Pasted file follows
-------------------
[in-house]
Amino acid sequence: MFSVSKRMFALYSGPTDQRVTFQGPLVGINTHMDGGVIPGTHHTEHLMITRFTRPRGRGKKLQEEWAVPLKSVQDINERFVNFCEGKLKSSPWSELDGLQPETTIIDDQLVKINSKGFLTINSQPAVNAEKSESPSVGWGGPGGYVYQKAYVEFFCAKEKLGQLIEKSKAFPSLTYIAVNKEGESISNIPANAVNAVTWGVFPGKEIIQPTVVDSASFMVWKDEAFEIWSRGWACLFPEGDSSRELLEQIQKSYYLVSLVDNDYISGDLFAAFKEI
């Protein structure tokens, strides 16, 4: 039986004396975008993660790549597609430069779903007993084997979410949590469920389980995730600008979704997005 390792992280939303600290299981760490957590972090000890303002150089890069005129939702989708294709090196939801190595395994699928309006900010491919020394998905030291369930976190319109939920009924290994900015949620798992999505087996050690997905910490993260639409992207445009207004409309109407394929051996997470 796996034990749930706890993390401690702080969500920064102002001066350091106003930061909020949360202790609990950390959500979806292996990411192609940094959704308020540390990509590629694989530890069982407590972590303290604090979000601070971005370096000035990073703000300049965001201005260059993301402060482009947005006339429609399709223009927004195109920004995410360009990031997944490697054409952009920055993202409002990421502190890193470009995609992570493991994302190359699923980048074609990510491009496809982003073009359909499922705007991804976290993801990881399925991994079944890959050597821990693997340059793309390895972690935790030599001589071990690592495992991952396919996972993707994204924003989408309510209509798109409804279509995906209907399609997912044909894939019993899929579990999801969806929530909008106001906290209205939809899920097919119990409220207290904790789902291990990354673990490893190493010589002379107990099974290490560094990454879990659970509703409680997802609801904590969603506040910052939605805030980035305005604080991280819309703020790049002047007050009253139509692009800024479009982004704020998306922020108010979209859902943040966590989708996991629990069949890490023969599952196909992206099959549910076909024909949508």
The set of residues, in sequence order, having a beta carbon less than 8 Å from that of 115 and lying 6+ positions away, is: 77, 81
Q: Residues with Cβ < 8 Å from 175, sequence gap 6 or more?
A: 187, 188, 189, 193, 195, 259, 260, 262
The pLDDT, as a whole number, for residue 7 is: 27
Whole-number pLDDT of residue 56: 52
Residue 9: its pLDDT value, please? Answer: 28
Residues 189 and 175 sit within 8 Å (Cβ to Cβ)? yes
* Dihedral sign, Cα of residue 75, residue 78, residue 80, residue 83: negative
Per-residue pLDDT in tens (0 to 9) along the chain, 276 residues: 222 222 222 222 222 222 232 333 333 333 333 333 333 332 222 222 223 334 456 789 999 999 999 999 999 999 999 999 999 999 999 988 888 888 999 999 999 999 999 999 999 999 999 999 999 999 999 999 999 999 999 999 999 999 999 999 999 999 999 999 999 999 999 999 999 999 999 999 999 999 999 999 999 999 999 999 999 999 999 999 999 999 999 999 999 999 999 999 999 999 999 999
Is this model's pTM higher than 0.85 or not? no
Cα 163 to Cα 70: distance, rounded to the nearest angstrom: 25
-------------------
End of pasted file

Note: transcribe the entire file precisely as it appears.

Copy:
[in-house]
Amino acid sequence: MFSVSKRMFALYSGPTDQRVTFQGPLVGINTHMDGGVIPGTHHTEHLMITRFTRPRGRGKKLQEEWAVPLKSVQDINERFVNFCEGKLKSSPWSELDGLQPETTIIDDQLVKINSKGFLTINSQPAVNAEKSESPSVGWGGPGGYVYQKAYVEFFCAKEKLGQLIEKSKAFPSLTYIAVNKEGESISNIPANAVNAVTWGVFPGKEIIQPTVVDSASFMVWKDEAFEIWSRGWACLFPEGDSSRELLEQIQKSYYLVSLVDNDYISGDLFAAFKEI
């Protein structure tokens, strides 16, 4: 039986004396975008993660790549597609430069779903007993084997979410949590469920389980995730600008979704997005 390792992280939303600290299981760490957590972090000890303002150089890069005129939702989708294709090196939801190595395994699928309006900010491919020394998905030291369930976190319109939920009924290994900015949620798992999505087996050690997905910490993260639409992207445009207004409309109407394929051996997470 796996034990749930706890993390401690702080969500920064102002001066350091106003930061909020949360202790609990950390959500979806292996990411192609940094959704308020540390990509590629694989530890069982407590972590303290604090979000601070971005370096000035990073703000300049965001201005260059993301402060482009947005006339429609399709223009927004195109920004995410360009990031997944490697054409952009920055993202409002990421502190890193470009995609992570493991994302190359699923980048074609990510491009496809982003073009359909499922705007991804976290993801990881399925991994079944890959050597821990693997340059793309390895972690935790030599001589071990690592495992991952396919996972993707994204924003989408309510209509798109409804279509995906209907399609997912044909894939019993899929579990999801969806929530909008106001906290209205939809899920097919119990409220207290904790789902291990990354673990490893190493010589002379107990099974290490560094990454879990659970509703409680997802609801904590969603506040910052939605805030980035305005604080991280819309703020790049002047007050009253139509692009800024479009982004704020998306922020108010979209859902943040966590989708996991629990069949890490023969599952196909992206099959549910076909024909949508």
The set of residues, in sequence order, having a beta carbon less than 8 Å from that of 115 and lying 6+ positions away, is: 77, 81
Q: Residues with Cβ < 8 Å from 175, sequence gap 6 or more?
A: 187, 188, 189, 193, 195, 259, 260, 262
The pLDDT, as a whole number, for residue 7 is: 27
Whole-number pLDDT of residue 56: 52
Residue 9: its pLDDT value, please? Answer: 28
Residues 189 and 175 sit within 8 Å (Cβ to Cβ)? yes
* Dihedral sign, Cα of residue 75, residue 78, residue 80, residue 83: negative
Per-residue pLDDT in tens (0 to 9) along the chain, 276 residues: 222 222 222 222 222 222 232 333 333 333 333 333 333 332 222 222 223 334 456 789 999 999 999 999 999 999 999 999 999 999 999 988 888 888 999 999 999 999 999 999 999 999 999 999 999 999 999 999 999 999 999 999 999 999 999 999 999 999 999 999 999 999 999 999 999 999 999 999 999 999 999 999 999 999 999 999 999 999 999 999 999 999 999 999 999 999 999 999 999 999 999 999
Is this model's pTM higher than 0.85 or not? no
Cα 163 to Cα 70: distance, rounded to the nearest angstrom: 25